- Piercing guns are loud, which can scare younger children more than anything. If the child jumps, the stud can easily get stuck half-way through the tissue, which means it must be removed. The gun will have to be recocked and the stud shot back through the tissue, causing more tenderness, bleeding, and risk of complications.
- The piercing gun is inaccurate, so if
the employee doesn't have it just right, the stud can go through at an
awkward angle or in at a bad placement, which may cause your body to
reject the jewelry.
Most stores in the mall and booths that are certified for piercings, will tell you that when you get your new piercing, you need to turn it a couple of times a day. This may sound like it makes sense, but it reality, all that does is irritates the new piercing and pushes any bacteria into the wound, which will cause infection.
There are many people who never experience any problems when getting piercings with piercing guns at the mall, but do you really want to take that chance?
- Piercing equipment can be properly sterilized in an autoclave that uses high pressured steam to thoroughly sterilize anything that may come into contact with a customer. If something can't be put in the autoclave, they throw it away. Used needles are properly discarded, whereas jewelry and hemostats can be put in the autoclave.
- The needles are one use only, so you don't have risk of someone else's bodily fluids on your needle.
- Professional body piercers have training that lasts much longer than a two week course that studies proper piercing techniques, infection control, and healing practices. They will also learn how the body reacts to new piercings and how to avoid hitting nerves (which will reduce the pain the customer feels when getting a new piercing). They also learn proper sterilization technique.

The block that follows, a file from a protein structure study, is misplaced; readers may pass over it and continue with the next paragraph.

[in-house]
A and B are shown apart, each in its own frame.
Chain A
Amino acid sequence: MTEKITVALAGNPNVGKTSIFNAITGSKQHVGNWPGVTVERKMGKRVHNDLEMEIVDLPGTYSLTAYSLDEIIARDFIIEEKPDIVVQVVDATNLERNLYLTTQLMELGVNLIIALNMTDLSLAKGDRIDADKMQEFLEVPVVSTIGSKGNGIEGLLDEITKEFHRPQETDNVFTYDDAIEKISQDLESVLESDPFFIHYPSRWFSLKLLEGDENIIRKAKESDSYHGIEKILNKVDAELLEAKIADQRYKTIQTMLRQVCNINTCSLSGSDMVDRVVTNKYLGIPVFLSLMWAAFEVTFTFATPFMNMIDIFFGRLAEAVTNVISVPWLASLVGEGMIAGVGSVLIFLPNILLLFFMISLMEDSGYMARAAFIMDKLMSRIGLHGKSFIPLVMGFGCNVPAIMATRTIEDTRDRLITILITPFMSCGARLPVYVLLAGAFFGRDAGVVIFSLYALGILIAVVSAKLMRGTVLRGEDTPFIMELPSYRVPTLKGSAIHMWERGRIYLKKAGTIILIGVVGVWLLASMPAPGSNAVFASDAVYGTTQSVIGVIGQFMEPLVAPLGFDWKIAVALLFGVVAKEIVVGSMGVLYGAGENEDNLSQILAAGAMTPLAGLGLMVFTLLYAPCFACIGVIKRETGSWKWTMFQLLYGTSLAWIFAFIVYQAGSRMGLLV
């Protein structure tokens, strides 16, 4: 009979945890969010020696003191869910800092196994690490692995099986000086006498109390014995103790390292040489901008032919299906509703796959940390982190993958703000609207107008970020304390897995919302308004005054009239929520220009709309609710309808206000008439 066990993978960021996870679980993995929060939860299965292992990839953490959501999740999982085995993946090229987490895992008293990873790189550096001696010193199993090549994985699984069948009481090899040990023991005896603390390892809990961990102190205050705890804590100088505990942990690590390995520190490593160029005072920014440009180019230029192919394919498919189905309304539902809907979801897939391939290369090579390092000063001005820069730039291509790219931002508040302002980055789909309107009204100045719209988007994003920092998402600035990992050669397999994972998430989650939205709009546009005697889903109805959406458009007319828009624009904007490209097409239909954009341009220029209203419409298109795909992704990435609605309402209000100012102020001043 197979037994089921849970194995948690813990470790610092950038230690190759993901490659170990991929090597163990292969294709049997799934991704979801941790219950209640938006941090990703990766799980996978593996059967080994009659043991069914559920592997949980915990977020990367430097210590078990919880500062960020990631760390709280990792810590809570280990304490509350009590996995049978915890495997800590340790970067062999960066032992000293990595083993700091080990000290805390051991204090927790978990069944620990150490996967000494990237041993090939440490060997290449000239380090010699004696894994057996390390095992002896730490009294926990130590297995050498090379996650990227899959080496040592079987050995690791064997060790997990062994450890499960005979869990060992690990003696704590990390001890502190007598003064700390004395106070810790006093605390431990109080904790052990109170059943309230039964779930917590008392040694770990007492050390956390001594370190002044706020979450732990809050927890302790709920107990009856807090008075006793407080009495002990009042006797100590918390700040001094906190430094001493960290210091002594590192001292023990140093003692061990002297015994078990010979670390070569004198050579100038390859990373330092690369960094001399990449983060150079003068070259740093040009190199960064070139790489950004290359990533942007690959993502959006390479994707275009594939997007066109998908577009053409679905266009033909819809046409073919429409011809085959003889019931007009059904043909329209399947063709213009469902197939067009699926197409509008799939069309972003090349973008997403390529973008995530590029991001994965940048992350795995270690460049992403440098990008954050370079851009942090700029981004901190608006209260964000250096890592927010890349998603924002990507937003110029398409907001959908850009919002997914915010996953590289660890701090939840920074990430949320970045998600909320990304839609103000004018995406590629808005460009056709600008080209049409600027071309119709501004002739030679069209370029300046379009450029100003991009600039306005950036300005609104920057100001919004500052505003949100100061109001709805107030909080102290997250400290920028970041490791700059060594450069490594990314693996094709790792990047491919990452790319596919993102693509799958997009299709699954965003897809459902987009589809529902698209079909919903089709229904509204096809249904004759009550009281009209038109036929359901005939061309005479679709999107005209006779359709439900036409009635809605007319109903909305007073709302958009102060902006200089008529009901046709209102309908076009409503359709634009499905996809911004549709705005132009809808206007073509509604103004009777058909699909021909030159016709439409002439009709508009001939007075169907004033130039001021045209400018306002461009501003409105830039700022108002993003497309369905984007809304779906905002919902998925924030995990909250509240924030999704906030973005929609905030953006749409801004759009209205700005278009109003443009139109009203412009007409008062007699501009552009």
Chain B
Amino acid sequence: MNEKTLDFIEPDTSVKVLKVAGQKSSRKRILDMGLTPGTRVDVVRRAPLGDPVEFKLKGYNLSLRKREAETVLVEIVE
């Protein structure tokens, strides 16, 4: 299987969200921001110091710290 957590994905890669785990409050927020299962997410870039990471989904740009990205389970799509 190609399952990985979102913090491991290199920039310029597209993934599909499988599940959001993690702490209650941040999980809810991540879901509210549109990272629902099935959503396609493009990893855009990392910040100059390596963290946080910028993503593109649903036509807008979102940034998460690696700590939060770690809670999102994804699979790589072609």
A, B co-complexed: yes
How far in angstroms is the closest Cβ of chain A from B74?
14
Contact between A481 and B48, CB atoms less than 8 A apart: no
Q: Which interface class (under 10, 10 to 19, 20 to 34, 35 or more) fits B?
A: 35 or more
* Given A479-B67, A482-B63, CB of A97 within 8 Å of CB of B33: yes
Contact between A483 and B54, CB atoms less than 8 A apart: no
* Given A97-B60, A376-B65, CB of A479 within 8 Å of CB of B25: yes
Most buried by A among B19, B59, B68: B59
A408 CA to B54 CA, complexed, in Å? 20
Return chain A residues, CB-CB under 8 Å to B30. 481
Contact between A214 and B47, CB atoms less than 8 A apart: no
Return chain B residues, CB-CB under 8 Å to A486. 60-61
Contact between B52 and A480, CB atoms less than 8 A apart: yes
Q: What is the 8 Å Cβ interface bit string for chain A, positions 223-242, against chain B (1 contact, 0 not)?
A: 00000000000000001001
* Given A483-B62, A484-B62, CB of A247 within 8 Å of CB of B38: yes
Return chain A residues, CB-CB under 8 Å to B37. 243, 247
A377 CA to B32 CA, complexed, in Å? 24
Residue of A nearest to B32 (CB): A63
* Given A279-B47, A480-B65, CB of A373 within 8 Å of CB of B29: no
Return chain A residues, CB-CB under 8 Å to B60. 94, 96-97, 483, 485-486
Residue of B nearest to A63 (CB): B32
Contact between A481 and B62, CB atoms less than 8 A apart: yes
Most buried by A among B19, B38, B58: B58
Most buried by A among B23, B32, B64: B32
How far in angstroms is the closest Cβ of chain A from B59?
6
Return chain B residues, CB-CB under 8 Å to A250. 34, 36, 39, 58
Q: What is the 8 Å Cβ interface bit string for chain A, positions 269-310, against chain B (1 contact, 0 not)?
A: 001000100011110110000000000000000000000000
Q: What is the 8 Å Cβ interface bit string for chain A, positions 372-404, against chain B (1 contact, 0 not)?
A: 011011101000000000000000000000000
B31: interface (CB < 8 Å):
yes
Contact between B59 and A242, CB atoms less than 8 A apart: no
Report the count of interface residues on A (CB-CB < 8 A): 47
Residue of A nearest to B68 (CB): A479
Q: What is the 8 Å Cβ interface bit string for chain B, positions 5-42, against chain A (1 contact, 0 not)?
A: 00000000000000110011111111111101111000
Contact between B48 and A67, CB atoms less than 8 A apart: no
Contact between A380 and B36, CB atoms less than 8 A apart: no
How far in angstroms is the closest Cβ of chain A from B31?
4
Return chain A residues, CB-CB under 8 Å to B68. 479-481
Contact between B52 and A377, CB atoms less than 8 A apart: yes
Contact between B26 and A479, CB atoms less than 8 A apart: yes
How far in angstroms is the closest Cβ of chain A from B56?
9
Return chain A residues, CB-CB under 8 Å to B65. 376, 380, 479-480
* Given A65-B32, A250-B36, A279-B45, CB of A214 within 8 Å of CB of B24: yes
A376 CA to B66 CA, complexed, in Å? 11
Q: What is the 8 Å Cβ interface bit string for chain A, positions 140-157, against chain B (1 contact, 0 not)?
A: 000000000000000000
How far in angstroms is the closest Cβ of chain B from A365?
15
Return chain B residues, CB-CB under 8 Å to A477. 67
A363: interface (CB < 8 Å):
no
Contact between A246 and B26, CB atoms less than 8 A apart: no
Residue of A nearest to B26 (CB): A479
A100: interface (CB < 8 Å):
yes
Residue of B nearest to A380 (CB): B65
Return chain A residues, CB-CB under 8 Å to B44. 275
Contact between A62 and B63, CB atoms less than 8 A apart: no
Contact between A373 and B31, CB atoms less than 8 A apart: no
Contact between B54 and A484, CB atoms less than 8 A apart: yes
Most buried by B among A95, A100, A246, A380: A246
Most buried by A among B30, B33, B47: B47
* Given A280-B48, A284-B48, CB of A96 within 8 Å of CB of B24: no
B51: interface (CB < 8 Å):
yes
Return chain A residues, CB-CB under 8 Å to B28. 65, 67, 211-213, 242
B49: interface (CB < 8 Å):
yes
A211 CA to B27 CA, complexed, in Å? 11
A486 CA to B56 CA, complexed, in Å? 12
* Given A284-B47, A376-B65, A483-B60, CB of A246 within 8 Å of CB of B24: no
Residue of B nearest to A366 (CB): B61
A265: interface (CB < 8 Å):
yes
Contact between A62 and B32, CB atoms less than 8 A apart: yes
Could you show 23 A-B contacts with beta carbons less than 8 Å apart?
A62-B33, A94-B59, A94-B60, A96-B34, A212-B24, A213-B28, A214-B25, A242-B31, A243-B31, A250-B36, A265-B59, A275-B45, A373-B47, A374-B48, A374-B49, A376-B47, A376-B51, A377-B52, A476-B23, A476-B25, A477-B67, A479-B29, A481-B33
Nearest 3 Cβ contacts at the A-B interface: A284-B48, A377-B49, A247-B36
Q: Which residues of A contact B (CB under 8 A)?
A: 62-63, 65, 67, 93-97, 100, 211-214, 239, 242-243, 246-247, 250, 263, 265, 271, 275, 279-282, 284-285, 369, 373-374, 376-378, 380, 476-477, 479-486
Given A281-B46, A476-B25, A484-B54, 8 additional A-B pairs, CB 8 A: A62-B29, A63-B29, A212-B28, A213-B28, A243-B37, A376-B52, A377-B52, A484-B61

- There is less pain when piercing needles are used. The needle is hollow and extremely sharp so that it slices through the skin, which pushes the tissues aside to make room for the jewelry. Even though it sounds rough, it's a really quick process.
- The jewelry is design to allow dirt and bacteria to be easily removed. Generally Captive Bead Rings (CBRs) and barbells are used for new piercings; both allow the jewelry to move so that the bacteria doesn't just sit on the new piercing. Plus, their made of metals that are proven to help reduce reaction. Most piercing jewelry is made of a high grade stainless steel or titanium, which gives the the best chance at not developing a reaction or infection during healing.
- Can be an inconvenience to go out of your way to find a reputable tattoo shop that offers piercings.
- Can be more expensive than going to the mall. Plus you have to add a tip into the price that the piercer is going to charge for the piercing.
Piercing Babies and Children
You'll find that children do not have as much of a reaction with having their ears pierced with needles than they do when they have them pierced with the gun. The needle is quick and pretty painless without a loud noise to startle them to jump.
Because the mall isn't going to be licensed to use piercing needles, you want to go to the nearest tattoo studio that will pierce a minor. Just call around first because not all states will allow minors to be pierced even with parent permission. If you live in one of these states, you can contact your doctor, as he may be able to perform the piercing (yes, some doctors will perform ear piercings on babies, young children, and even adults).
If your doctor won't do it, and if he can't recommend someone, you'll have to drive to an area where piercing minors with parent consent is legal or just wait until the child is of age.
If you live in a state that won't pierce minors with parent consent, you can still go to the mall if you feel like you don't have any other options, but then you still have to risk all the above issues with piercing guns.